natural deduction metalanguage, practical foundations
type theory (dependent, intensional, observational type theory, homotopy type theory)
computational trinitarianism =
propositions as types +programs as proofs +relation type theory/category theory
Currying is a process of transforming an operation on two variables into an operation on one variable that returns a function taking the second variable as an argument. The term is used in computer science and the lambda calculus, where it is often technically important to have operations that act on only one variable at a time. But category theory also recognises it as a natural isomorphism in a closed monoidal category, namely the universal property of an exponential object; thus it is also known as taking the exponential transpose.
The inverse operation is, in the straightforward style of computer science, called uncurrying.
Currying is named after Haskell Curry, in accordance with Stigler's law of eponymy, since it was invented by Moses Schönfinkel. (Perhaps Curry helped popularize the application to lambda calculus?)
In set theory, currying transforms a function defined on a product set to a function that takes values in a function set. That is, starting with
we curry $f$ to produce
according to the formula
This is simply applying the universal property of the function set $Z^Y$.
In dependent type theory, currying transforms a family of elements defined on a dependent pair type to a family of elements that takes values in a dependent function type. That is, starting with
we curry $f$ to produce
according to the formula
This is simply applying the universal property of the dependent function type $\prod_{y:Y(x)} Z(x, y)$.
Similarly, in lambda calculus, currying is a device which reduces the study of functions in several arguments to functions in one argument. For example, if $\phi$ is a lambda term in which variables $x$ and $y$ occur freely (so that $\phi$ is effectively a “function” of $x$ and $y$), the lambda calculus syntax favors the currified expression $\lambda x. \lambda y. \phi$, which denotes the intuitive expression $x \mapsto (y \mapsto \phi)$, where one abstracts variables one at a time.
Later it was observed (by Lawvere) that this is just a special case of a more general “curryfication” for cartesian closed categories (such as Cat or a nice category of spaces), where one has a natural bijection of morphisms:
Indeed, cartesian closed categories are models for lambda calculus.
In fact, currying can be done in any (right) closed monoidal category. In that case, currying transforms a morphism whose source is a tensor product to a morphism whose target is an internal hom. That is, starting with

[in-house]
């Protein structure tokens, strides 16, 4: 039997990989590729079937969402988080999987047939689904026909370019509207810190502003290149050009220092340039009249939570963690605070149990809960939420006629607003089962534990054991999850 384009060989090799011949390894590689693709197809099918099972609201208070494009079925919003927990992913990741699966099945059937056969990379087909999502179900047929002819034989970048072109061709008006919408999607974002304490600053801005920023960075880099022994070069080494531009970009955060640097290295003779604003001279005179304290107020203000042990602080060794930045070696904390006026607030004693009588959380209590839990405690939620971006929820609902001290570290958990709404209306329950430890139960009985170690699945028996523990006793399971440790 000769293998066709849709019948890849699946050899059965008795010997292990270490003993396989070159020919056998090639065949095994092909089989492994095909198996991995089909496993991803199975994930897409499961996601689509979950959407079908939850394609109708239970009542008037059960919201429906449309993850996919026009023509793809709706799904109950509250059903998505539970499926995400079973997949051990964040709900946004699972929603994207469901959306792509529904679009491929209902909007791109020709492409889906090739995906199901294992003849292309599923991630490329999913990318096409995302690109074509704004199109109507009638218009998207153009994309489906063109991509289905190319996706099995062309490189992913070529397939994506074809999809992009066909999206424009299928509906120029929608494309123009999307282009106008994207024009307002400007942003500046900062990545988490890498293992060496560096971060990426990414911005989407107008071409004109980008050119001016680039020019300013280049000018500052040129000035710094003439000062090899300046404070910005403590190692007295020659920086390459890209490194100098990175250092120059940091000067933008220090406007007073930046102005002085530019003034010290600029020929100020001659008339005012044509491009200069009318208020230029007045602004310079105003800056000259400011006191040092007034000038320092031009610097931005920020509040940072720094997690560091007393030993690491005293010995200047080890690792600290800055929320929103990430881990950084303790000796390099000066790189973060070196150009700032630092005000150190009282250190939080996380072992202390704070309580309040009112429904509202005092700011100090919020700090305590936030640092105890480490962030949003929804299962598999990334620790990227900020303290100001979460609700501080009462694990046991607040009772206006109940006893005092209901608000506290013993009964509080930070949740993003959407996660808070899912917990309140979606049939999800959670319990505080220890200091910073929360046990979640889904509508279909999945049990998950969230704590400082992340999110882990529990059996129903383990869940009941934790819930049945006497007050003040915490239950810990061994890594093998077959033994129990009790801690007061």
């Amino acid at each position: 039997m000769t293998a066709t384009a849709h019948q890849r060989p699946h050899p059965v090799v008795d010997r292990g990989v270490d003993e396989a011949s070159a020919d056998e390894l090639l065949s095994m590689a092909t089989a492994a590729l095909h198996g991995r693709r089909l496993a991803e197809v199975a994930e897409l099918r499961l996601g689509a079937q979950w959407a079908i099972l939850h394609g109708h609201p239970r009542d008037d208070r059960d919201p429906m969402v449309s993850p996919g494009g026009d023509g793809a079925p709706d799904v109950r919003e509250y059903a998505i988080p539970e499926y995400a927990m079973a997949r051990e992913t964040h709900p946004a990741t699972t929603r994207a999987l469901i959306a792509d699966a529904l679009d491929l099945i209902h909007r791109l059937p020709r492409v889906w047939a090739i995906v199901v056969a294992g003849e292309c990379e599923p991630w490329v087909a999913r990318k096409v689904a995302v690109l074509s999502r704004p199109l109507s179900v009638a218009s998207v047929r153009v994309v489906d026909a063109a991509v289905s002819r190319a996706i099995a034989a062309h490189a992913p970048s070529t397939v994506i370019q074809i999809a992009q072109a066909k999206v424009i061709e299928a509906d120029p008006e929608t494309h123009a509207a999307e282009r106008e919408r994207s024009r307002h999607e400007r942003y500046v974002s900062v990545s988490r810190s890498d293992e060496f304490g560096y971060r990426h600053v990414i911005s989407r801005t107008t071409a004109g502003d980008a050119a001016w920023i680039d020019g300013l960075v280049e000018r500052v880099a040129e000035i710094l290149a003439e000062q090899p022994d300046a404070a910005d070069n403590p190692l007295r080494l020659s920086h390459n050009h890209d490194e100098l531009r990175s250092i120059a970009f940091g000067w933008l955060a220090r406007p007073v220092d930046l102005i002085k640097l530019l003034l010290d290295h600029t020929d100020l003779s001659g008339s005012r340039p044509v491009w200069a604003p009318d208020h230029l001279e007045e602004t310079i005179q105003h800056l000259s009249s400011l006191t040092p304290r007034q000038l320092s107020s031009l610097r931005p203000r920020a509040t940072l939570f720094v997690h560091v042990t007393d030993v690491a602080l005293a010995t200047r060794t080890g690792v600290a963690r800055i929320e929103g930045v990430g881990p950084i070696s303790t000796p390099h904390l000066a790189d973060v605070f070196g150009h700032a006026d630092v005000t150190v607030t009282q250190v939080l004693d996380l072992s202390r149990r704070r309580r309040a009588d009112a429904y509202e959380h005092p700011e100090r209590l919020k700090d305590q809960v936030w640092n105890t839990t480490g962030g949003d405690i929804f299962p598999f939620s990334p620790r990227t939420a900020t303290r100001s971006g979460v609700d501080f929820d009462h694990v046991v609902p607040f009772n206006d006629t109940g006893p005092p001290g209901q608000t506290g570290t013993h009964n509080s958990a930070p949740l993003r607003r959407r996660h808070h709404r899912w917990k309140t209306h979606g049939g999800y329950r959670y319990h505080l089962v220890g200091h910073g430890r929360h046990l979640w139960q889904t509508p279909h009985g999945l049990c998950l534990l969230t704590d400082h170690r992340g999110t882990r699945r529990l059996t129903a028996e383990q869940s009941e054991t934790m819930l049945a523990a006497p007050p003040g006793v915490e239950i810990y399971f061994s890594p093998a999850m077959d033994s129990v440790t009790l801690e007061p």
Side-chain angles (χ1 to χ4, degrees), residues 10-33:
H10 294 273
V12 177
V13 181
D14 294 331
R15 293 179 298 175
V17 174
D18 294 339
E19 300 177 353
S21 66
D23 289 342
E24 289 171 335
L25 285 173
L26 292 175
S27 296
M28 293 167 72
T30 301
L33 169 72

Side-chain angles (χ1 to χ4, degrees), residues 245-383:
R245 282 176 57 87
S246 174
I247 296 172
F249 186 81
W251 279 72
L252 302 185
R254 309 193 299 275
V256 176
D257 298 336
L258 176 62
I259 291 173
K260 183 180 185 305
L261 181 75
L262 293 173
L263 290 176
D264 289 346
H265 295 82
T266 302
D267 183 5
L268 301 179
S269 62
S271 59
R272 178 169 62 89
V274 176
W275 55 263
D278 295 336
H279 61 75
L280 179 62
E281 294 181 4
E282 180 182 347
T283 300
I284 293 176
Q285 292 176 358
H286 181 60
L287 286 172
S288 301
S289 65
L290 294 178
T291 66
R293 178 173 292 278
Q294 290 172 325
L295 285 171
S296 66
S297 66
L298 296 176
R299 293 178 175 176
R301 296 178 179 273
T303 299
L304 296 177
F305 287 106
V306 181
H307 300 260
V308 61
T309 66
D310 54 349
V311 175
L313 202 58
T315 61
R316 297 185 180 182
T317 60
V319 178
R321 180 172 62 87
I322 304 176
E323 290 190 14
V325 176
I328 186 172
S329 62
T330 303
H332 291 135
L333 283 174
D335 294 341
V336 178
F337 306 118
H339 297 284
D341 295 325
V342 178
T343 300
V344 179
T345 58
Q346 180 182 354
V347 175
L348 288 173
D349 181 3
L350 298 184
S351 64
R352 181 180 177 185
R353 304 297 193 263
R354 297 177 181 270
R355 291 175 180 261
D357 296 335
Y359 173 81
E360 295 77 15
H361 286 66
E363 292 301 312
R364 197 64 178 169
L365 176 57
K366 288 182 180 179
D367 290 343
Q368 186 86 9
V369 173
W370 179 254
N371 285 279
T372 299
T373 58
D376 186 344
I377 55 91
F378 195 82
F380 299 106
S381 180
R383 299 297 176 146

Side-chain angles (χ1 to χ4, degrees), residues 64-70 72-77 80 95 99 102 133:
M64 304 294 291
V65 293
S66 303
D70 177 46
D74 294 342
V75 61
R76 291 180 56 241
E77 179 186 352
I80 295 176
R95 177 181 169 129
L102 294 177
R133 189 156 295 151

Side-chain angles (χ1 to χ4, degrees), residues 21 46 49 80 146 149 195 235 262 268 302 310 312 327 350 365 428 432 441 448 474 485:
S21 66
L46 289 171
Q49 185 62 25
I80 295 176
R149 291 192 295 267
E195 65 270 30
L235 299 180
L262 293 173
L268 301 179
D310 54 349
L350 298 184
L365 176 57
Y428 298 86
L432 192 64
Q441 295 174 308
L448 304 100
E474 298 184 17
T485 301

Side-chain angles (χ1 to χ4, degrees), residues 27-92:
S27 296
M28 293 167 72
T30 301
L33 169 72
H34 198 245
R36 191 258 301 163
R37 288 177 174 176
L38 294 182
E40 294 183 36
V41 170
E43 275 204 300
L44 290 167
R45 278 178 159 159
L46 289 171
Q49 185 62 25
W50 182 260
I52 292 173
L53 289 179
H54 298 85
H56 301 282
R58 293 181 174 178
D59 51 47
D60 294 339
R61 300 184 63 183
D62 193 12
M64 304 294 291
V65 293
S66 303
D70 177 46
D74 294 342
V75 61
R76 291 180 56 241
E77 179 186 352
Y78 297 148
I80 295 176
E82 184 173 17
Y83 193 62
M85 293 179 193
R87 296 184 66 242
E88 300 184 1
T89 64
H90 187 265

we curry $f$ to produce
Currying is invertible and natural in $X, Y, Z$; that is, $f \mapsto \hat{f}$ is a natural isomorphism (in any closed monoidal category).
By convention, currying is always done on the last variable. This fits in very nicely with a convention that products associate on the left while internal homs associate on the right. More explicitly, if we use (as is common in computer science) ‘$\times$’ for the product (even if it is not cartesian) and ‘$to$’ for the internal hom (so that we must use another symbol, say ‘$\vdash$’, for the external hom), then we need no parentheses to generalise currying
to produce
by currying several $n-1$ times in succession, we turn
into
This does not generalise to $n = 0$, which is one way to see that even the untyped lambda calculus actually has two objects, one of which is a terminal object $1$ and one of which can play every other role.
In a closed braided monoidal category (such as a closed symmetric monoidal category, and including the cartesian closed categories such as $Set$ and the models of lambda calculus), we can also ‘curry through the first variable’ or ‘co-curry’ to produce a map
but computer scientists (or even mathematicians who are being very careful) will see this as a composite operation whose first step is composition with the braiding $Y \times X \vdash X \times Y$.
In a left closed monoidal category, currying does not exist, but cocurrying does. Perhaps the product should associate on the right in a left closed monoidal category?
For currying in dependent type theory, see
Section 1.2 and 1.4 in Homotopy Type Theory: Univalent Foundations of Mathematics, The Univalent Foundations Project, Institute for Advanced Study, 2013. (web, pdf)
Egbert Rijke, Section 4.6 in Introduction to Homotopy Type Theory, Cambridge Studies in Advanced Mathematics, Cambridge University Press (arXiv:2212.11082)
Last revised on January 7, 2023 at 01:28:24. See the history of this page for a list of all contributions to it.